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Illustration by Max Fleishman (CC-BY)

Remember Slingshot and Poke?
Facebook has over one billion active daily users, is worth more than Walmart and General Motors, and has a 10-year plan for world domination, but there's one thing the world's largest social network just can't do: build a decent camera app.

According to a report from the Wall Street Journal, Facebook is currently developing a stand-alone camera app aimed to encourage people to take and share more photos. The app supposedly will open directly to the camera a la Snapchat and will emphasize the ability to live stream through Facebook Live.

While there's a good chance the app never sees the light of day, its development is indicative of Facebook's concern about the growing passivity of its users. People aren't sharing as much original content anymore, and Facebook wants to encourage them to be more active.

To solve that problem, Facebook will have to address another looming issue that has plagued the service for years: its complete inability to create a camera app on its own.The camera app is Zuckerberg's white whale; he's been chasing it since 2012 and has come up short every time.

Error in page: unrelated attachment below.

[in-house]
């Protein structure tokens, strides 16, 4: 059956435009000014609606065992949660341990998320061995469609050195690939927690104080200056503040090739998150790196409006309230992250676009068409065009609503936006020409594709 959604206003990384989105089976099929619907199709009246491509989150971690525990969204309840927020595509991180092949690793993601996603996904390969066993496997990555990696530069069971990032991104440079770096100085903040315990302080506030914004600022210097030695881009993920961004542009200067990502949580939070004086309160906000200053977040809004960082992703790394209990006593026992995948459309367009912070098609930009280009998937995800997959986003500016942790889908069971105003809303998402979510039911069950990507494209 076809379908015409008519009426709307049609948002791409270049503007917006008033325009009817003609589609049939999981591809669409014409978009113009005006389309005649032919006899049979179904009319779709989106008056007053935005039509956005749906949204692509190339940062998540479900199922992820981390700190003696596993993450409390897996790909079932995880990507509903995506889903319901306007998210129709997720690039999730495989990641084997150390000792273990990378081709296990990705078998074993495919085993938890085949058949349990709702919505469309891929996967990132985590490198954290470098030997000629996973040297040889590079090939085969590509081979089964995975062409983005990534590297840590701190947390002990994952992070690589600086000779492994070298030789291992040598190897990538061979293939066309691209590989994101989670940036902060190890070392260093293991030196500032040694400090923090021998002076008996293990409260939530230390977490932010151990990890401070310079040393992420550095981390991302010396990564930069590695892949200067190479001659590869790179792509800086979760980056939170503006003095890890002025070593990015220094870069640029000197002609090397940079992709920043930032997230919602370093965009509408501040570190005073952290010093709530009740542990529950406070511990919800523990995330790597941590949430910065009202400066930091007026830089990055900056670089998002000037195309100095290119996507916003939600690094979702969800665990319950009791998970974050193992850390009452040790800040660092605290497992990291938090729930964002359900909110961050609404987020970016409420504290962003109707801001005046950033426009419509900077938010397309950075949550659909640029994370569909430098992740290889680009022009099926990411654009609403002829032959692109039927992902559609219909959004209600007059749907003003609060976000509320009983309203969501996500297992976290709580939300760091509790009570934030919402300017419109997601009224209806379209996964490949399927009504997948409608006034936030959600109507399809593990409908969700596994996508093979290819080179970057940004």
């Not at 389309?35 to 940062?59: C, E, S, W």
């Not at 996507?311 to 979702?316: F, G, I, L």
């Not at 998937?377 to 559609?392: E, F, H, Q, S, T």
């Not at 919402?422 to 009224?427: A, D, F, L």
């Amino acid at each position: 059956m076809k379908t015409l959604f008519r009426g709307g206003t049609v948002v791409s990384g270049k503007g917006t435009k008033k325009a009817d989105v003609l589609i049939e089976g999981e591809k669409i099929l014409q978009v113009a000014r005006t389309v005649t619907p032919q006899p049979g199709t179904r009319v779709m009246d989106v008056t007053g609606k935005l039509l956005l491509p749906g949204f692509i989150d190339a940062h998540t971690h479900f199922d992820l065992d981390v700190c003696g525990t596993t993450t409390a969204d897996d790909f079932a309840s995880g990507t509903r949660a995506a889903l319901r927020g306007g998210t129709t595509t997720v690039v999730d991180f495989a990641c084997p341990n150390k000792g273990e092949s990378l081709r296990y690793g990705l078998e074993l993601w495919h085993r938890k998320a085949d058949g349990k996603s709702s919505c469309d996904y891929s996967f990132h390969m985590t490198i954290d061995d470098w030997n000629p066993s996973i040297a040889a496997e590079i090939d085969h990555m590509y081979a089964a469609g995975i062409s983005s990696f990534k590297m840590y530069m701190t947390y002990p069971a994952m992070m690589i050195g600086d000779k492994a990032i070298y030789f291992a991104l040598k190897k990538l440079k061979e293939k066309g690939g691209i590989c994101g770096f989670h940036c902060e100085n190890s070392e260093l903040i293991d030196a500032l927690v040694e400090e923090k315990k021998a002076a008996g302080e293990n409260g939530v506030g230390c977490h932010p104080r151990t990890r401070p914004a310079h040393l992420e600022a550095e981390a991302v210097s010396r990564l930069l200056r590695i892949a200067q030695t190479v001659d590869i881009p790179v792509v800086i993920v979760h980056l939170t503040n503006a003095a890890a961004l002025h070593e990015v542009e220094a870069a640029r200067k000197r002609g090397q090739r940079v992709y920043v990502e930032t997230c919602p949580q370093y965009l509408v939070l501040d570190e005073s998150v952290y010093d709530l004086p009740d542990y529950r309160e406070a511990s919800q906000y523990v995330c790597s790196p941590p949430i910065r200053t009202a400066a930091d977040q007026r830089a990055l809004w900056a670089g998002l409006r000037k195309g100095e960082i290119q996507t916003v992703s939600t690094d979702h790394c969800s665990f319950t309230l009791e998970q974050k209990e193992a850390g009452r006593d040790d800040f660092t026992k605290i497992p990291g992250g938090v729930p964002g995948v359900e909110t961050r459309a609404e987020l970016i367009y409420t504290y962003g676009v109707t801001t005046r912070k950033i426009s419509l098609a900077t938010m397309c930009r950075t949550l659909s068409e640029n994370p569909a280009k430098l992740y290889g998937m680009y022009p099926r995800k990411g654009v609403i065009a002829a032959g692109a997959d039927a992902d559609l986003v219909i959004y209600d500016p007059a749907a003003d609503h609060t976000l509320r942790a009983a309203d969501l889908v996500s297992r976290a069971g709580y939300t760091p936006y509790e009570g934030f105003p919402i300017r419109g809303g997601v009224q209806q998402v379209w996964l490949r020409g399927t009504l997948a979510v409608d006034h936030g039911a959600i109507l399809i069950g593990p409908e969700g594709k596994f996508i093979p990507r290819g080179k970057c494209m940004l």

The first attempt was–as are almost all of Facebook's standalone apps–an attempt to clone a successful competitor and steal some of its shine. The cleverly named Facebook Camera arrived in May of 2012 and offered photo filters a la Instagram. It also was released just a month after Facebook dropped $1 billion to buy Instagram and was almost immediately abandoned as Facebook rolled Camera's features into the flagship app and stopped offering updates for it.

Next up on Facebook's misguided efforts to knock off anything successful, the company gave the public Poke, a transparent clone of Snapchat. Zuckerberg bragged that the app took just 12 days to build and may have written the code himself, which isn't all that impressive considering the app's function and even the interface was nearly identical to Snapchat.

Just like Camera, Poke was bad and no one used it. Fittingly, the two apps were unceremoniously dumped by Facebook in May of 2014, done in one fell swoop as the company tried to wipe clean its slate of utter failures.

Unfortunately, Facebook just couldn't help itself and released another camera-centric app one month later. Slingshot offered a striking resemblance to Snapchat (again) with the added ability to request a response from the recipient of a photo, but the app resonated with exactly no one and was removed from the App Store in December of 2015. 

If Facebook's latest crack at a camera app does make it to the App Store, the countdown will begin for how long it will last before being killed off like all those that came before it. The (very low) bar is set at two years.

H/T Wall Street Journal

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